Wilfred H. Stone

(1917 — 2015)

SNCC 1964

I worked with SNCC under the umbrella of COFO in the summer of 1964 for about three weeks. I came down, along with too other Stanford professors, at the invitation of Professor James W. Silver, an historian at the University of Mississippi and the author of Mississippi: The Closed Society. He wanted us — and whoever other eggheads he could solicit — to come down and just be conspicuous, on the assumption that "respectable" people like us would add legitimacy to the movement. Three Stanford Professors (in addition to many students!) responded: Otis Pease of History, "Bud" McColl of Sociology, and me.

I spent time in Columbus, Oxford, Meridian, Canton, and Jackson, but I found the role of being "conspicuous" too ambiguous to sustain, so I drifted into more defined work. I helped organize and run a Freedom School in "Dooderville," a black ghetto in Jackson, along with Janice Grant, Morris Levine, Sue Butler, Ed Weber, and-for a short time — John Stone. (I have lost touch with an these people, and would love to resume contact.) I was the English teacher in the group and faced a "class" of some thirty kids ranging in age from kindergarden to high school and in literacy from zero to (on a scale of 10) at least 9. So we created a curriculum, swapped stories, made up plays, acted them out, started a newspaper. I also took kids to lunch around the corner (as some garage mechanics glowered at us from across the street, with tire irons in their hands) and — since I had a rental car — took the kids swimming to Canton (since an the pools in Jackson had been closed). We had some adventures — being chased off Highway 55 into the safety of Tougaloo by some local toughs, desegregating the Sun & Sand Motel restaurant with the help ofa brave girl from the school: 16-year-old Joann Percy, who lived on California Ave. in Jackson and whose parents did not know ofher heroism. It — or something — worked, for by the next week the Sun & Sand had dropped the color bar.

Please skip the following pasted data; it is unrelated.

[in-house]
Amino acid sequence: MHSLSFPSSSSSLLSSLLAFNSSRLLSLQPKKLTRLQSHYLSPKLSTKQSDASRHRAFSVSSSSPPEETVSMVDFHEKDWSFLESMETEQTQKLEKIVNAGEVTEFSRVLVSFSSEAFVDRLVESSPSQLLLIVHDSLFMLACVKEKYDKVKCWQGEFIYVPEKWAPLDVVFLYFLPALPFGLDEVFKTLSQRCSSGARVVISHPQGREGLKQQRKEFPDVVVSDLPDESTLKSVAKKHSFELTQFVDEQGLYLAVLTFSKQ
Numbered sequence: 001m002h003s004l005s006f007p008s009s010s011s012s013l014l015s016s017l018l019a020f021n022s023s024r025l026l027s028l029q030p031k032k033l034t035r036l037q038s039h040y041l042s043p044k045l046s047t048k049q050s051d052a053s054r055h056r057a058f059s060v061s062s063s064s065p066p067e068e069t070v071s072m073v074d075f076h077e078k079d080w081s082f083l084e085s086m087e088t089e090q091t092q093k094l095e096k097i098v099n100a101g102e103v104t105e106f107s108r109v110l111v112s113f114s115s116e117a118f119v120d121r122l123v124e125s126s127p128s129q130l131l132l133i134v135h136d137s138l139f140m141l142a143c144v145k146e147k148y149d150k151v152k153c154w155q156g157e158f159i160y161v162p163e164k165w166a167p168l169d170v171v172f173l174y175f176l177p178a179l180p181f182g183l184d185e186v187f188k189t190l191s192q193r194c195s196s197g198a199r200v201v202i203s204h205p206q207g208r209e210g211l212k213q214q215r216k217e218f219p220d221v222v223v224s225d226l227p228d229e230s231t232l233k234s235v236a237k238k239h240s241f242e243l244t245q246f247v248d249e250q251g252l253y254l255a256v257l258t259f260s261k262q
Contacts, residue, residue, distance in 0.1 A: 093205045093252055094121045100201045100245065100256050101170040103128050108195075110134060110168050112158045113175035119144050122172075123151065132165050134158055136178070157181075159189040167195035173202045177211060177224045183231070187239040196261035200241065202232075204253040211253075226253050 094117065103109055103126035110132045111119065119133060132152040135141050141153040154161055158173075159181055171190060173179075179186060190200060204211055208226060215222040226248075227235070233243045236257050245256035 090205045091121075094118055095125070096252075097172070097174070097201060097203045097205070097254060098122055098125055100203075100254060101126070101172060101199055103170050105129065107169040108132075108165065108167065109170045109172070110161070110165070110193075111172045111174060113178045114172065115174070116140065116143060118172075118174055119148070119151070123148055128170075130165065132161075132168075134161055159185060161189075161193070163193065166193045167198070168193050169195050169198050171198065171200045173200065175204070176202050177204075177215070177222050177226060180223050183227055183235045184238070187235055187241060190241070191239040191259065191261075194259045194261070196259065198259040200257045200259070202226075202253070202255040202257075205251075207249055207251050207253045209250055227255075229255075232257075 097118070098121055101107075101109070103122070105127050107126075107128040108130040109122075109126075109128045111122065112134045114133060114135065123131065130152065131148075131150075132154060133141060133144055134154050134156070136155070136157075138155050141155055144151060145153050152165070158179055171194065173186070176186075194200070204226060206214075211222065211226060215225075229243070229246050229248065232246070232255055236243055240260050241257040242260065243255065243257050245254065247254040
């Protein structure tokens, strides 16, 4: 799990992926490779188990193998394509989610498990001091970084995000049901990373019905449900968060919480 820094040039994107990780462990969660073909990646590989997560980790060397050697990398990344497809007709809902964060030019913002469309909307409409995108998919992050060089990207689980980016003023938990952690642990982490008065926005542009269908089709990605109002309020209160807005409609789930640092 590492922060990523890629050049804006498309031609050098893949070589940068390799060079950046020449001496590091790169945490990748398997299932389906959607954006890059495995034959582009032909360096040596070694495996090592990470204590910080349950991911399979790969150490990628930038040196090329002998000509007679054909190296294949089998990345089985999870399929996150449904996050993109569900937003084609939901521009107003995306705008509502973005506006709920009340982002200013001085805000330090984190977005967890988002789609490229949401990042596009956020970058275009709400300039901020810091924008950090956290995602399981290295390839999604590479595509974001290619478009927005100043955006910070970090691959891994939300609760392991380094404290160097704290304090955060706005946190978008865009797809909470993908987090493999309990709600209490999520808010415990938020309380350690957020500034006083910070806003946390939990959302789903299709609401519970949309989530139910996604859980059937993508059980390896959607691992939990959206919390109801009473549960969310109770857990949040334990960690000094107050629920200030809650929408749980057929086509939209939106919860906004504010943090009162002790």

My time in Mississippi was short, but it was intense, and I'm very glad I went-if only to realize the courage and dedication of those younger people, black and white, who risked everything over a long period for the cause. I remember Robert Moses with special admiration.

I wrote an account of some of this experience in an article entitled "A Short, Hot Summer" that appeared in Sequoia. a Stanford literary magazine, for Winter 1965, pp. 1-8. I could make a copy for your records if you wished.

I've tried to keep this short, as you wished, but I'd be glad to give a fuller account if you asked for it.

Thanks for making this effort to collect the record of this important event in American history. I hope the Blacks who did not "join" the movement but were inadvertently "in" it will ~ counted as "veterans" as well!

With my best wishes,

© Copyright Wilfred Stone, 2000

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